Statistics, more than most other areas of mathematics, is just formalized common sense, quantified straight thinking.
—Paulas (1992, p. 58).
F ew, if any, characteristics of the world are more apparent than variability. We see it everywhere we look. There are, by some counts, tens of millions species of living creatures in the world. When our focus is narrowed to a single species, say our own, variability is still the rule. Excluding identical twins, no two people look exactly alike and even twins can usually be distinguished by people who know them well.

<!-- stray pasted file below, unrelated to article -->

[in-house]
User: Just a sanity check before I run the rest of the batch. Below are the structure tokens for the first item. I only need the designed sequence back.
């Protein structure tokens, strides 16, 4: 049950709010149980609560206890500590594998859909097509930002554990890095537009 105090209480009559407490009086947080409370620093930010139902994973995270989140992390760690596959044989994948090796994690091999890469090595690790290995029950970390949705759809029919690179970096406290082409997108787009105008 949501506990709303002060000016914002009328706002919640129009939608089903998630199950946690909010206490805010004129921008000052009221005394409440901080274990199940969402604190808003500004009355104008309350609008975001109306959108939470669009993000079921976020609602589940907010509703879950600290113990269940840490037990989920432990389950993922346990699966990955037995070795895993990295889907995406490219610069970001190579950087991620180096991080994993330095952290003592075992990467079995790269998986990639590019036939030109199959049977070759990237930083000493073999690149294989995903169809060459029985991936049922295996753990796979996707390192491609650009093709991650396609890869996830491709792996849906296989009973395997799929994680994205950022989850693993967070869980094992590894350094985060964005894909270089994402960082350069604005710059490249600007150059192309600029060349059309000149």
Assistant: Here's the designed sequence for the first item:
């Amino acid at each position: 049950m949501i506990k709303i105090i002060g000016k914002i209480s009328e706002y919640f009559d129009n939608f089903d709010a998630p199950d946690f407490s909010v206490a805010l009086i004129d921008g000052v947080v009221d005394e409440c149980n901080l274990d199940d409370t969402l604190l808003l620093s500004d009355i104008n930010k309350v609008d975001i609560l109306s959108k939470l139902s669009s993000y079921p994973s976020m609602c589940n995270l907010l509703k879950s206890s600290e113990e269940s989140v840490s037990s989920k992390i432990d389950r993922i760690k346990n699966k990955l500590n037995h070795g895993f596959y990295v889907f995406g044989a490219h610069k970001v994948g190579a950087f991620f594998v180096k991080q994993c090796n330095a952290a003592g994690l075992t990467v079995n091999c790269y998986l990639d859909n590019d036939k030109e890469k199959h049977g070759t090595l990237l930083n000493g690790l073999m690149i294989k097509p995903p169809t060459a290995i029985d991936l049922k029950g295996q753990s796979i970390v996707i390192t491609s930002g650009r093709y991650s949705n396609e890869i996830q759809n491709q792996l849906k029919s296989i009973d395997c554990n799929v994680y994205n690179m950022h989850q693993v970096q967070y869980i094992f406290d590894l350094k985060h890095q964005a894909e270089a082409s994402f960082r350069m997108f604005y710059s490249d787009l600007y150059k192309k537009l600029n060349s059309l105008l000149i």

One of the ways in which we cope with diversity is through the process of conceptual categorization. We group things that are similar in certain respects into conceptual classes or categories, give these categories names and then, for many purposes, respond to members of the same category—items with the same name—as though they were identical. Even within categories, however, there is much variability. Though all chairs are chairs, they differ greatly in size, shape, color, and numerous other respects. All snow flakes are six-sided, but no two of them, we are told, have precisely the same crystalline structure. Whereas people share certain characteristics that define their humanity, they differ in height, weight, age, intelligence, hair color, eye color, and countless other less obvious respects.